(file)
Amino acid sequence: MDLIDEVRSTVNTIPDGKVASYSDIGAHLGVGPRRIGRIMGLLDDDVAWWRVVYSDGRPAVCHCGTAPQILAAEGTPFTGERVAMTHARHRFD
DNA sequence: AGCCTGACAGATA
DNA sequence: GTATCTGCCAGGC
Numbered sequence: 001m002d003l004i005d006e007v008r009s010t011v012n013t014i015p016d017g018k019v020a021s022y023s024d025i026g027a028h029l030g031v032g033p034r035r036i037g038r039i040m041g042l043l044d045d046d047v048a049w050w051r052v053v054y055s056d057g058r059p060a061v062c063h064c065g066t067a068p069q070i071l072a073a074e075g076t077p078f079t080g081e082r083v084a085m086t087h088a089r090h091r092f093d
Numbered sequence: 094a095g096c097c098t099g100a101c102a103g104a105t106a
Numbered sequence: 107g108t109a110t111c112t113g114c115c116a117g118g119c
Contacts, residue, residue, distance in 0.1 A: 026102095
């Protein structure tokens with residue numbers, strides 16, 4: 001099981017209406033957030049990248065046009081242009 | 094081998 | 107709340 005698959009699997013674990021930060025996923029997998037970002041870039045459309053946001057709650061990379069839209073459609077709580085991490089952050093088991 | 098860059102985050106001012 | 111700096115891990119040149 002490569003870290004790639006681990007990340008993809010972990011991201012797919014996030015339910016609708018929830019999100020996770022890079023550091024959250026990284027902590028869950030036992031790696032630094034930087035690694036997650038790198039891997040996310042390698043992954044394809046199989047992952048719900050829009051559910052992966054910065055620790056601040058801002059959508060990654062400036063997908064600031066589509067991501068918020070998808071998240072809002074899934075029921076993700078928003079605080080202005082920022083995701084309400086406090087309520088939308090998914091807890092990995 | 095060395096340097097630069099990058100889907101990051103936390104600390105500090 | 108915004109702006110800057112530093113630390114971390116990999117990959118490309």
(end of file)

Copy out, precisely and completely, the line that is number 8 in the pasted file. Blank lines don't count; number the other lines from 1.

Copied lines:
């Protein structure tokens with residue numbers, strides 16, 4: 001099981017209406033957030049990248065046009081242009 | 094081998 | 107709340 005698959009699997013674990021930060025996923029997998037970002041870039045459309053946001057709650061990379069839209073459609077709580085991490089952050093088991 | 098860059102985050106001012 | 111700096115891990119040149 002490569003870290004790639006681990007990340008993809010972990011991201012797919014996030015339910016609708018929830019999100020996770022890079023550091024959250026990284027902590028869950030036992031790696032630094034930087035690694036997650038790198039891997040996310042390698043992954044394809046199989047992952048719900050829009051559910052992966054910065055620790056601040058801002059959508060990654062400036063997908064600031066589509067991501068918020070998808071998240072809002074899934075029921076993700078928003079605080080202005082920022083995701084309400086406090087309520088939308090998914091807890092990995 | 095060395096340097097630069099990058100889907101990051103936390104600390105500090 | 108915004109702006110800057112530093113630390114971390116990999117990959118490309």